The property is that upon which many years ago iron ore mines were opened up, many hundreds of tons of ore being mined and shipped. Only recently it was rumored that northern capitalists were again interested in the property and that tests for ore would be made and have found the property would be bought and mines opened up.

Tuesday, Feb. 2, 1971

Rome’s little groundhog fails to see shadow

Though Rome can hardly be labeled a sleepy little Southern town anymore, her official groundhog is still a sleepy little Southern groundhog and did not arise today until 9:30 a.m. As he peered out of his cozy hole, he was quite overcome when, for the first time in years, he did not see his shadow.

Sunworshippers in this area are in a state of high ecstasy since this generally means a lessening of the chances for six more weeks of winter.

However, our furry prognosticator and Pennsylvania’s famed Punxsutawney Phil are in complete disagreement. Phil was up at 7:30 this morning, saw his shadow, and scooted back inside his burrow.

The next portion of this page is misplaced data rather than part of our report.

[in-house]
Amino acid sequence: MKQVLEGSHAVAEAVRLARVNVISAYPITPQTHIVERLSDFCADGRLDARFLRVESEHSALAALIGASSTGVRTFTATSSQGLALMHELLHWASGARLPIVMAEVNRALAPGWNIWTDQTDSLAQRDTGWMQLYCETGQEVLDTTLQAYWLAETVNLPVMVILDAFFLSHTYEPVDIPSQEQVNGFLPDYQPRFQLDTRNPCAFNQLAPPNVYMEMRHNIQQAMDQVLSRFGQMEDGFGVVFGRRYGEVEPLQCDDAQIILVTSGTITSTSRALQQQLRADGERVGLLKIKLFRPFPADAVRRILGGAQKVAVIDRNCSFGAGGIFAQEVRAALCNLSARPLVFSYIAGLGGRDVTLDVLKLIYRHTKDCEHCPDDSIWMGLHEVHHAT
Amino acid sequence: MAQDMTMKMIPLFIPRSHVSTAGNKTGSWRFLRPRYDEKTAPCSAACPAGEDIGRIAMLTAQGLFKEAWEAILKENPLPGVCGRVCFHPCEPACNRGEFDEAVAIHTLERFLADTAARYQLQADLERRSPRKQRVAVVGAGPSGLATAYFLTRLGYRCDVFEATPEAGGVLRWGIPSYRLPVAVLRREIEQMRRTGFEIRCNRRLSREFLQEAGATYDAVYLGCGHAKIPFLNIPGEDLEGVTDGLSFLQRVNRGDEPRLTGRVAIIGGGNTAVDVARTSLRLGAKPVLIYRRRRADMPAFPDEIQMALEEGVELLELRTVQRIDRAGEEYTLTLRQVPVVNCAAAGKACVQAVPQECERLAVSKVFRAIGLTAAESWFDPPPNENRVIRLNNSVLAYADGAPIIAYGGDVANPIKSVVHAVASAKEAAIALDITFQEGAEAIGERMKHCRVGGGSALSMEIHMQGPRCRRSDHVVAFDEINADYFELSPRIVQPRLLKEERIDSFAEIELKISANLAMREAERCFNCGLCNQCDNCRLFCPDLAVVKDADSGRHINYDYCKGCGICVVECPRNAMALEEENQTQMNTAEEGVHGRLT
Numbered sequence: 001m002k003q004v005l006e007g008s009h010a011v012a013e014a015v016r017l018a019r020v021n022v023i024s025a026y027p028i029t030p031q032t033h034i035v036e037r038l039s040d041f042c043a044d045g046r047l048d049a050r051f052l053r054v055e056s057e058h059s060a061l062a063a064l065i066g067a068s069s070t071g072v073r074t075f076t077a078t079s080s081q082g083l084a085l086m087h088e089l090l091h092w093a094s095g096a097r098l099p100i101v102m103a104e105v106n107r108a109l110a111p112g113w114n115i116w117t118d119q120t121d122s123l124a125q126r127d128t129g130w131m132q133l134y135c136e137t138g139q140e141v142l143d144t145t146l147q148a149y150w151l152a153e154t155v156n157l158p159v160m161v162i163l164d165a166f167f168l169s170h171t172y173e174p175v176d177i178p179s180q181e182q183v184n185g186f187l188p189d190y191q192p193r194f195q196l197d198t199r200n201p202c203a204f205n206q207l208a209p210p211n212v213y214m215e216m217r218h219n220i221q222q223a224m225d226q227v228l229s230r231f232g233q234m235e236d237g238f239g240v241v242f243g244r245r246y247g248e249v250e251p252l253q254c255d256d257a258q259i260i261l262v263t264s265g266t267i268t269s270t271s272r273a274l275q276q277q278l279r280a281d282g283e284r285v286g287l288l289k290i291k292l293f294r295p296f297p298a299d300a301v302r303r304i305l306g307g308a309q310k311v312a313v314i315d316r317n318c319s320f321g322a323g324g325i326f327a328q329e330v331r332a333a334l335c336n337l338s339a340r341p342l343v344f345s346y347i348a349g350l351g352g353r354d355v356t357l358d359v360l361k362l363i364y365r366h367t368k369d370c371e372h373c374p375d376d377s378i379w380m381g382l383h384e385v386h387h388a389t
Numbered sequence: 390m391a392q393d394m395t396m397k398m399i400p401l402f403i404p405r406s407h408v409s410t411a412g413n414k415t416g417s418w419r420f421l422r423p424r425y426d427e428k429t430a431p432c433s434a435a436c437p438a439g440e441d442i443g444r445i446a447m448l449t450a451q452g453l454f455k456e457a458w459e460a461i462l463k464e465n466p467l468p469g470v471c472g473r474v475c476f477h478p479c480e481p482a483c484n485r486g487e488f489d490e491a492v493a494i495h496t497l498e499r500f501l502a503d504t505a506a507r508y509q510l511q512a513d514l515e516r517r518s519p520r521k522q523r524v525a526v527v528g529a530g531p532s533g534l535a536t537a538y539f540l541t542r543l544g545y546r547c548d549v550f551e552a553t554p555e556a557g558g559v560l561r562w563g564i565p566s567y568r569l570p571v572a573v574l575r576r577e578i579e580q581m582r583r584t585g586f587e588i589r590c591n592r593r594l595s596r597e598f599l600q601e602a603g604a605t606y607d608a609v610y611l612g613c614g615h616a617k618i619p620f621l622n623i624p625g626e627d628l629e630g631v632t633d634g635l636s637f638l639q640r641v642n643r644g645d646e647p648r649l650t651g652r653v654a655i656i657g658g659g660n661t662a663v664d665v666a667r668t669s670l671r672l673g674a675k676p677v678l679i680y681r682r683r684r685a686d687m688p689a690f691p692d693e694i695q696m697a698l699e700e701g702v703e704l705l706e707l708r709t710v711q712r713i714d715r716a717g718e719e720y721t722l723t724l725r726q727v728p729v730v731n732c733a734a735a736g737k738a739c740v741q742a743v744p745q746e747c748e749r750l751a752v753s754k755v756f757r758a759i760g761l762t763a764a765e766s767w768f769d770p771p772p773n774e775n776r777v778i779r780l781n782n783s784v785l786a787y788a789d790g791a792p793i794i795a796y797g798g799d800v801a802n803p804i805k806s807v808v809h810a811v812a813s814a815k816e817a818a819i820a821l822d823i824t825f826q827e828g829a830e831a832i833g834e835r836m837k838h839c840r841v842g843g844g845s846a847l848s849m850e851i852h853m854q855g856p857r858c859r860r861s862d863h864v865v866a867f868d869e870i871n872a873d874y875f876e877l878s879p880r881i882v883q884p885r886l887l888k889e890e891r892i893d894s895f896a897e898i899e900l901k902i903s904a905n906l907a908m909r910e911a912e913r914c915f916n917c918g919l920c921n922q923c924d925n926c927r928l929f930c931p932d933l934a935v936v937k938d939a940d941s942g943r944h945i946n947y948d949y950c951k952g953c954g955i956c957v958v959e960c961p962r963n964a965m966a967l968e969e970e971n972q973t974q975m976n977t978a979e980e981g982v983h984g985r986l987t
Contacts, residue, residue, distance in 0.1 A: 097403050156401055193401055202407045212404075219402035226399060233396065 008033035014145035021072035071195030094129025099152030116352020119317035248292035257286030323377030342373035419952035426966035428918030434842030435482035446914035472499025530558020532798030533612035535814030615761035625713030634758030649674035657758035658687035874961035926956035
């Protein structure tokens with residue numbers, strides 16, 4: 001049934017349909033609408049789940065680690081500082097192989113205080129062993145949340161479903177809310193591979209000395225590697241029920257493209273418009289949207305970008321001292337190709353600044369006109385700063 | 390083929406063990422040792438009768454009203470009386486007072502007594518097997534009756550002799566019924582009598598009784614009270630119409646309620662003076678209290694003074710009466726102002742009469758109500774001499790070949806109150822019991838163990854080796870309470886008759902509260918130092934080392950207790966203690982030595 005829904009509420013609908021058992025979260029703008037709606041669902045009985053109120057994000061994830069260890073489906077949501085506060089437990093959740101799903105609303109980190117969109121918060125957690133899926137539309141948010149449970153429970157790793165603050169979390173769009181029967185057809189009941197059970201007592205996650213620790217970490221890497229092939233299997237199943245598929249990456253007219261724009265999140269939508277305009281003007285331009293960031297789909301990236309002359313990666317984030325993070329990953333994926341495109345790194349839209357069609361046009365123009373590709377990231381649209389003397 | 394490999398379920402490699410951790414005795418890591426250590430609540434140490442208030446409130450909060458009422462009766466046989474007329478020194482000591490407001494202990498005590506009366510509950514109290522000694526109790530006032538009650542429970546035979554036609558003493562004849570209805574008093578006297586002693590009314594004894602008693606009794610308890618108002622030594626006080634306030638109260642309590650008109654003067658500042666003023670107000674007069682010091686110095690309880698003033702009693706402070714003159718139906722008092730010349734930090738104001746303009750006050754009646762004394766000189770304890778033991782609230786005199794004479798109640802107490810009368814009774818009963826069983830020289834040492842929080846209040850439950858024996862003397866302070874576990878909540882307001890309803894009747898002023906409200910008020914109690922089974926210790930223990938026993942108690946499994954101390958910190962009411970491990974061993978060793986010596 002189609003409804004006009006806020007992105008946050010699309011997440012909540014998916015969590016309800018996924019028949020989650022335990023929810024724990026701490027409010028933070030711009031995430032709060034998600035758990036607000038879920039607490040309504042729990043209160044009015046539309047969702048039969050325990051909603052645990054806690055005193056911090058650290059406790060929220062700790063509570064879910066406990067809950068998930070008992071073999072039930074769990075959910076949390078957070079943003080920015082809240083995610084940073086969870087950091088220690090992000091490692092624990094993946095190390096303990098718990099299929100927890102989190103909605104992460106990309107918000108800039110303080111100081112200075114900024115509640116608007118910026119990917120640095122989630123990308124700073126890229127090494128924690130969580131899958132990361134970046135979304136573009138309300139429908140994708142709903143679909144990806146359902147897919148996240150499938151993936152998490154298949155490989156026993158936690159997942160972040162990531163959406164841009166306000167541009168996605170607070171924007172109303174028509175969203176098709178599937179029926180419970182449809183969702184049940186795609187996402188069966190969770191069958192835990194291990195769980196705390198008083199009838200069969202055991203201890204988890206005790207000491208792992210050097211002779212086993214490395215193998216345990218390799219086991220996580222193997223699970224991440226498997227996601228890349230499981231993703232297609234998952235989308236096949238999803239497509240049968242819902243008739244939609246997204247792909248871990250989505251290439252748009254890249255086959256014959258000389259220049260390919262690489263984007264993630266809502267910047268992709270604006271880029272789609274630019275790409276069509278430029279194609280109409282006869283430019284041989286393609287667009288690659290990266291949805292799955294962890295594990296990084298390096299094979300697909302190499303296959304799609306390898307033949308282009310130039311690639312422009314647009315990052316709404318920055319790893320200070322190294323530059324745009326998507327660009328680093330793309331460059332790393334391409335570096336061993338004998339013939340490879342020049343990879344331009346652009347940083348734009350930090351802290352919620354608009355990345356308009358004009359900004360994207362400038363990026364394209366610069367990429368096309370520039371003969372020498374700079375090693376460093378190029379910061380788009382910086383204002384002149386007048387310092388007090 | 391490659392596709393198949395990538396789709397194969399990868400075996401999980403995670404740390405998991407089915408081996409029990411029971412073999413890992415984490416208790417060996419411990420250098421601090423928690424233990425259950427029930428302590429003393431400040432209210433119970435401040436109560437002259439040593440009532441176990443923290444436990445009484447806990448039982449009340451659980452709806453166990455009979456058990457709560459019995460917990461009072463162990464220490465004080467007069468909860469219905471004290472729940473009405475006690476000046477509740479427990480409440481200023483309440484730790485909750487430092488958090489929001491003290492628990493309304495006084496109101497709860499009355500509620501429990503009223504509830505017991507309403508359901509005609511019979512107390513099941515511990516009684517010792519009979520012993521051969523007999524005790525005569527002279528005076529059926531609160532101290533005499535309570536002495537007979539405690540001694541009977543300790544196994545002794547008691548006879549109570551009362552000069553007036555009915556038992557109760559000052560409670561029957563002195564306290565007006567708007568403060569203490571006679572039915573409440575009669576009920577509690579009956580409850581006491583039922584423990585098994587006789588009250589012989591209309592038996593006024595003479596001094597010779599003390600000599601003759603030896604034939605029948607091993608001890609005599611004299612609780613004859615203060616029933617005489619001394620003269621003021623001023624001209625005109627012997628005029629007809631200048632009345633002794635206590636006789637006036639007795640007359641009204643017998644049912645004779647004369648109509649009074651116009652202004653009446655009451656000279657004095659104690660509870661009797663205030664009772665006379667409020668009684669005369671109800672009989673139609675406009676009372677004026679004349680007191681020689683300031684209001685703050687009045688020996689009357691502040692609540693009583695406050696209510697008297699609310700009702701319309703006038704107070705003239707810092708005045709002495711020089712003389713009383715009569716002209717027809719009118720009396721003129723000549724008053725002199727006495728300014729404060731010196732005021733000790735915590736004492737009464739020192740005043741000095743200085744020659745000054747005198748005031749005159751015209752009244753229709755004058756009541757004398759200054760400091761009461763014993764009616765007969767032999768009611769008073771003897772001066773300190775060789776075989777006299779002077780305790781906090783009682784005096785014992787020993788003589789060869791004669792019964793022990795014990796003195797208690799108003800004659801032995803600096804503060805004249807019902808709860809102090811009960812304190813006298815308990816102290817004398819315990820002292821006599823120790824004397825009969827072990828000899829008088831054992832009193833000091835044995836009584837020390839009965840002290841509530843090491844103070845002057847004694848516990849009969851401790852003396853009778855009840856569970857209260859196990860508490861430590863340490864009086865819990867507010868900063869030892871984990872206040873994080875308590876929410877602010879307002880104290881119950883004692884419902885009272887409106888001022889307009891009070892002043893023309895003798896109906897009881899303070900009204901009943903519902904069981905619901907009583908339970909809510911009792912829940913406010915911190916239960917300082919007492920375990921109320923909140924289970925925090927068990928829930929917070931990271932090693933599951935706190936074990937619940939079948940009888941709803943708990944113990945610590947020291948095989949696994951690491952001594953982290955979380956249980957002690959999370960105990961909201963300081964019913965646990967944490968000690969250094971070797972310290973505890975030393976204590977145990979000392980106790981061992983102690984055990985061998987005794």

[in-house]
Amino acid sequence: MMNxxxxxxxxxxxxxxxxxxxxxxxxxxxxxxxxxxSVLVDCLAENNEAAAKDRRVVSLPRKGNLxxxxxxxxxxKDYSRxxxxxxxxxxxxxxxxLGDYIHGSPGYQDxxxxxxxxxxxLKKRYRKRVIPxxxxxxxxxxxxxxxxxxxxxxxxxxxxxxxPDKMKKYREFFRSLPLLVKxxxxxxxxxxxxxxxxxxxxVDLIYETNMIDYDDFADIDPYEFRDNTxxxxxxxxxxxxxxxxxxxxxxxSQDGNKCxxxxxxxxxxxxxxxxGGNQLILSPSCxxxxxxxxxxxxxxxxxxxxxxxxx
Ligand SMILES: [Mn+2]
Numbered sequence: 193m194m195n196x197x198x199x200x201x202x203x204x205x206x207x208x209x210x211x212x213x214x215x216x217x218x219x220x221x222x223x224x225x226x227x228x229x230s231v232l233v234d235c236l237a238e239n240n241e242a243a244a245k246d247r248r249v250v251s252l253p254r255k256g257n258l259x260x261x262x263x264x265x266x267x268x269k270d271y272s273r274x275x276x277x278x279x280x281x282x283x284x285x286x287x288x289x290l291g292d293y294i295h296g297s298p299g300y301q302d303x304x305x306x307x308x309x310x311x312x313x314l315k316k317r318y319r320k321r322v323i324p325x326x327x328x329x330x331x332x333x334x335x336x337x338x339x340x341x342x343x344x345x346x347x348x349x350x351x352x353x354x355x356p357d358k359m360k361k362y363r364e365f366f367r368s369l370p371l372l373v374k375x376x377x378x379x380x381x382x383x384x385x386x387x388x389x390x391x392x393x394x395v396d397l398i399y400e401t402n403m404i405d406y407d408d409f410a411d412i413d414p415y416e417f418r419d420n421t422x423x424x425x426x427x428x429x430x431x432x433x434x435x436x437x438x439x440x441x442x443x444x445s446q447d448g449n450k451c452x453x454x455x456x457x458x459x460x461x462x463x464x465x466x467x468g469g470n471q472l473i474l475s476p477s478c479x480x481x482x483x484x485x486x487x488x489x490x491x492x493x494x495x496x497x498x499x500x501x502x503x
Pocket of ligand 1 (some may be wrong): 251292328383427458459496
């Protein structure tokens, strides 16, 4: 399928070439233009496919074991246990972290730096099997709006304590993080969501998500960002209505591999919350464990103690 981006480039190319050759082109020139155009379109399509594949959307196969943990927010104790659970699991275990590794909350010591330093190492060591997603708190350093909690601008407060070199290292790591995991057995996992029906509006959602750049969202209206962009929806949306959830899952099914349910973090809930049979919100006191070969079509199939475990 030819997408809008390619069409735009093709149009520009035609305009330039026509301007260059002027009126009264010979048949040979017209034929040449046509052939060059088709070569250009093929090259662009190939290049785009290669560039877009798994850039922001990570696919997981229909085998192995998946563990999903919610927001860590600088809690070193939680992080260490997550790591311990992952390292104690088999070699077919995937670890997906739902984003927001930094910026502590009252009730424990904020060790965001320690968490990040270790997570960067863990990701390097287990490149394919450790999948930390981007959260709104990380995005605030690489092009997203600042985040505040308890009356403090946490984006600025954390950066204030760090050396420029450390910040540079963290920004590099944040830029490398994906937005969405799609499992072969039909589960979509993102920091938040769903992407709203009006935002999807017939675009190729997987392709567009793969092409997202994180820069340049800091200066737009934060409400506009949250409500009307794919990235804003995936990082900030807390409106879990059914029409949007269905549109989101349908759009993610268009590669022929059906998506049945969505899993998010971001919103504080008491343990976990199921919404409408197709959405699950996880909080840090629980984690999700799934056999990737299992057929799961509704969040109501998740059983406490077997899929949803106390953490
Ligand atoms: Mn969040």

But Phil’s “wife” almost stole the show.

As flashbulbs popped and about 40 people cheered Phil onward, a dainty female groundhog popped from the hole.

Some observers questioned whether Phil actually saw his shadow or was perturbed by the upstaging.

The Punxsutawney Groundhog Club, however, claimed it was the shadow that made Phil do an about-face. Members of the club, which has held the annual vigil on the hill for 87 years, tried to ignore the other groundhog.

“I’d like you to know that no lady has been involved in the ceremony for nigh under 90 years – and we aren’t about to change it now,” club President Sam Light said.

Actually, the club had brought both groundhogs, both somewhat domesticated – on stage.

After Phil’s brief appearance – at 7:29.30 a.m. – everybody went to the Punxsutawney County Club for pancakes and sausage, the beginning of a day of levity and festivity.

The club had predicted Phil would do just what he did – see his shadow.

Truth is, no one can remember when Phil or his predecessors every predicted anything else.